-A large dumpster(the filter would be idk 5ft tall? or so?)
-Half the filter will def. have filter floss and media.
-Then connected to a uv sterilizer.
-Then back tot he tank.

The intake and output tubes will be pvc. They'll be slightly bigger than regular filter tubings and such so that large waste can go through without problem.

Then the water goes into the filter in form of big rain drops(enough to let huge waste go through but n ot like all the water)
Then the water goes back in like a ripple or river kind of flow.

----
The bottom will be bare bottomed with a drain on the very bottom just in case i ever need to drain it completely like once a month for full cleaning.

The bottom will have rocks glued to it or something like slate plates.
The tank will probably be fashioned out of something not normally meant for a tank. Think of that show "tanked" where they make aquariums sometimes out of stuff like cars, phone booths, etc.

I'm thinking of making mine out of a horse through, or a large old fridge( all the metal ripped off and only the casing of it) then putting alot of liquid rubber all over the casing so its water proof(liquid rubber is animal safe)

I could make it out of something like an old trashed car or something like that. I have a crew of friends who are willing to help me out on this project. Ones a mechanic. Another is a blacksmith( he makes blades for hunting, fishing, etc) and he also works with metals. My other friend is also into biology.

All in all that's just a back up. Im thinking making it all glass but i'm not sure yet. Since I wanna make it sturdy and well be able to have that hole in the bottom for drainage. xD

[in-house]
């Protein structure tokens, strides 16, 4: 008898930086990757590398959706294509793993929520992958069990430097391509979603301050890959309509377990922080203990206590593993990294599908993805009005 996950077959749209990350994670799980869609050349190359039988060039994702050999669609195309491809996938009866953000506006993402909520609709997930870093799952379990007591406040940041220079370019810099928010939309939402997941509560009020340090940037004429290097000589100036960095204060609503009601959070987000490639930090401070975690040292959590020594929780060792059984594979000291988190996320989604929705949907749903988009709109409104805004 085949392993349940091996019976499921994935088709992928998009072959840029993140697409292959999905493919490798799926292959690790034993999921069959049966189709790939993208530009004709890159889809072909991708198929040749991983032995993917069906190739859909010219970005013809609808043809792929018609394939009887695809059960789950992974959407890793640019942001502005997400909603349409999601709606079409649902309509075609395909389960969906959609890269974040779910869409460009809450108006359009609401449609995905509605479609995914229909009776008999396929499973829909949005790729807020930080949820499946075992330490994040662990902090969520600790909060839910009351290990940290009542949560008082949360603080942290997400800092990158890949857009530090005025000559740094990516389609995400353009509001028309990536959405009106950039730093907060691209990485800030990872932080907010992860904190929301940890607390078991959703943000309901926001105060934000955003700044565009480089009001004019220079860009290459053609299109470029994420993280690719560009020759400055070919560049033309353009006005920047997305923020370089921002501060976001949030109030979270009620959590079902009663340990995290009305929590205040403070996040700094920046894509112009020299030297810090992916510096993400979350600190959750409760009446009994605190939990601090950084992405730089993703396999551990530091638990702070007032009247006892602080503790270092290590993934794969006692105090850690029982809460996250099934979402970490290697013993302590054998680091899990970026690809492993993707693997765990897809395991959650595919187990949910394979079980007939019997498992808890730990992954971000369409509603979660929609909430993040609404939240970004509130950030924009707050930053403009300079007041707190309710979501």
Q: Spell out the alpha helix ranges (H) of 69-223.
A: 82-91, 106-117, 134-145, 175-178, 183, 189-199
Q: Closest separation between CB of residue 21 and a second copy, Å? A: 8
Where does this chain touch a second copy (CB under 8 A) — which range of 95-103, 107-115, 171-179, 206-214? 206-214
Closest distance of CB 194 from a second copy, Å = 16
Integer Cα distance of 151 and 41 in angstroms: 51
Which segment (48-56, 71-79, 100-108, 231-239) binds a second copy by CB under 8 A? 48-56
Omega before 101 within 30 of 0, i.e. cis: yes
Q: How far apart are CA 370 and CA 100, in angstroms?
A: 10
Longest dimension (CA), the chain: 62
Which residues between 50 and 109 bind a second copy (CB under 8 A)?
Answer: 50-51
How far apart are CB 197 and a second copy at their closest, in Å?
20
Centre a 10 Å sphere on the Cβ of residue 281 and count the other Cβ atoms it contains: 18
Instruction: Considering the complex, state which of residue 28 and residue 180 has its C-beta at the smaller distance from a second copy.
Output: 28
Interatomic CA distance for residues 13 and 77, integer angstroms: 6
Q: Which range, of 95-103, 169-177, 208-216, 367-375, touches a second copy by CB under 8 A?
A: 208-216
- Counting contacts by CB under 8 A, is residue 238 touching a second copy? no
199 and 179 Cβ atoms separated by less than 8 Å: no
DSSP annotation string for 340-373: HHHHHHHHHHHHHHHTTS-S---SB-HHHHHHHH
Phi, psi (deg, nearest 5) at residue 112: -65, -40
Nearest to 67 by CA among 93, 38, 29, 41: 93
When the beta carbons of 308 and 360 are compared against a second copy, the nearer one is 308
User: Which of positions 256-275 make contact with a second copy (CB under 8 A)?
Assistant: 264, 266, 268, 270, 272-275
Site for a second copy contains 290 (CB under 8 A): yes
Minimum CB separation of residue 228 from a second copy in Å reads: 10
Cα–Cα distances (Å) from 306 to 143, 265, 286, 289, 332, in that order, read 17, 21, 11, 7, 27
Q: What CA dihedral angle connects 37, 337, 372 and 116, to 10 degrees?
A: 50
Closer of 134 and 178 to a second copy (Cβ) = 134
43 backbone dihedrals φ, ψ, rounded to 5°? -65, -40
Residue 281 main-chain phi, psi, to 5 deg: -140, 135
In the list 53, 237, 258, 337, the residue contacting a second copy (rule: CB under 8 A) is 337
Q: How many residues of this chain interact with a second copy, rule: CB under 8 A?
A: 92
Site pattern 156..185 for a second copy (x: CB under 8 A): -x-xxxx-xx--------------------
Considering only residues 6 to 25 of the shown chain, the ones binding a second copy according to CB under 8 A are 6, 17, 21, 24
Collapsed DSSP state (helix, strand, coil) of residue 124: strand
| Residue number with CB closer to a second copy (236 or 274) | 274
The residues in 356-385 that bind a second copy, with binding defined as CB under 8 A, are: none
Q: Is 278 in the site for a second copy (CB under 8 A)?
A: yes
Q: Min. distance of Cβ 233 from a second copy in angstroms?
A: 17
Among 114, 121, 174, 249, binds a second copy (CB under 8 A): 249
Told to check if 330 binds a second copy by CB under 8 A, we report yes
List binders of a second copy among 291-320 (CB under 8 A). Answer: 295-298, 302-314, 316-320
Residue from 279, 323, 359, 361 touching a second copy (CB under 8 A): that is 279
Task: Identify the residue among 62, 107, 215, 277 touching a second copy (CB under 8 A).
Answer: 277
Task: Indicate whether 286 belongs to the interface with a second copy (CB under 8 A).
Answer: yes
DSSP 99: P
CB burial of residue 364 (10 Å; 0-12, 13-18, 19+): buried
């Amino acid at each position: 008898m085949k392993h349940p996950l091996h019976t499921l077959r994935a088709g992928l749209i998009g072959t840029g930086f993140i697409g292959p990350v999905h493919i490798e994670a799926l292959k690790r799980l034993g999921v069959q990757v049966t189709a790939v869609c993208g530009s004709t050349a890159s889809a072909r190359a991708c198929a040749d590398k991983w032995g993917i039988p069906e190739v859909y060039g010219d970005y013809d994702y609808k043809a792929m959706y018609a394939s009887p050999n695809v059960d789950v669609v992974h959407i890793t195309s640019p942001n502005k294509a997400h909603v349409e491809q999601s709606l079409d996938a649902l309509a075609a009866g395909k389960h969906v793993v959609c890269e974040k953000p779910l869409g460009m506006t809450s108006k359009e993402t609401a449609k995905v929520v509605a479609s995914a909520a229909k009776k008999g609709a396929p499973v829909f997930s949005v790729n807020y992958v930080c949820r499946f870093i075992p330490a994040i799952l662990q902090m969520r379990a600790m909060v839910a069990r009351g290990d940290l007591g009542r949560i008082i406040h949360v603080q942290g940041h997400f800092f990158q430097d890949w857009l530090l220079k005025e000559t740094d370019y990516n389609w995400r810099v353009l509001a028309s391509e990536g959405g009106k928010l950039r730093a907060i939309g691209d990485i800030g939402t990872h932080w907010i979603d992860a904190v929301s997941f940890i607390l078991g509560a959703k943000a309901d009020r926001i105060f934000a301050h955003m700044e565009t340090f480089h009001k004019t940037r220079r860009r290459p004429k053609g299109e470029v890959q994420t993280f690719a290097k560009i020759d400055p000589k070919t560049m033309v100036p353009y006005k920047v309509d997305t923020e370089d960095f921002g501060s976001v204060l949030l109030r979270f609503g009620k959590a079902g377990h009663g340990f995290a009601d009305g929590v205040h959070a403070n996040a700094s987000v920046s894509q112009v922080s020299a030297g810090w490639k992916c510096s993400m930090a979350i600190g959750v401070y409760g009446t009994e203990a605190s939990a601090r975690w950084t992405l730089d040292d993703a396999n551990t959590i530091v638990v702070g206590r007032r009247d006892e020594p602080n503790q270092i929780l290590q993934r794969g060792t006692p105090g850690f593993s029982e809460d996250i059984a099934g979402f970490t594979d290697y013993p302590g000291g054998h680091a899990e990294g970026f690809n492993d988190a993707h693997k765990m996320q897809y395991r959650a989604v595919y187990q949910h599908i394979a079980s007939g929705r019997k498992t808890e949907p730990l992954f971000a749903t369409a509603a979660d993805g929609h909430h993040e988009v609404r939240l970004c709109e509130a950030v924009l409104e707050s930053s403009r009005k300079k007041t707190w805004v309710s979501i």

Edited by Hypnosis, 26 April 2012 - 06:09 PM.


#15 Hypnosis

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Posted 29 April 2012 - 09:55 AM

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#16 Hypnosis

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Posted 30 April 2012 - 12:09 PM

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#17 CLAWS

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Posted 01 May 2012 - 05:28 PM

Snappers usually eat anything you put in the tank, even a careless finger or two. I have a stock tank where I usually grab the top edge when i'm walking around it. I have to be mindful where Snappy is in the tank because she could easily reach up and take a bite if she had a mind to. Lucky for me shes not than aggressive.

What I have done to get turtles to eat their greens is to cut the greens in bite size pieces and mix them with the pellets or something they like to eat that floats. Then serve that mixed in with the greens and their bound to get some green as they eat there favorite food. After a while they will get to like their green. Romaine lettuce, although not that nutritional, serves as a digestive aid for other food like pellets that have all the vitamins and minerals in it. Snappers in the wild are noted to consume a large quantity of vegetable matter as part of their diet.

Any types of DIY filter configuration of some size will work fine for snappers. A five foot tall filter would be more than adequate to hold the necessary volume of media to filter a large snapper. Personally I prefer the canister type filter that is self contained relatively small in size. There easy to operate and maintain. Most DIY filter system operate by gravity. Which can restrict the flow if the piping isn't properly sized. One aspect I don't care about with gravity type filter sustems is that it has a tendency to over-flow once the media begins to get filled up. Pressurized canister type filtering systems can push water out the discharge a long distance by installing a jet type nozzle that works on the same theory as you would put your thunb over the end of a garden hose. The pressurized regular canister type filters won't over-flow they just reduce the out-flow as the media fills up with waste. To me it less of a hassle dealing with canister filters. Although, it quit rewarding to construct your own filtering system and have it running keeping your turtles happy and healthy. Good luck with your project.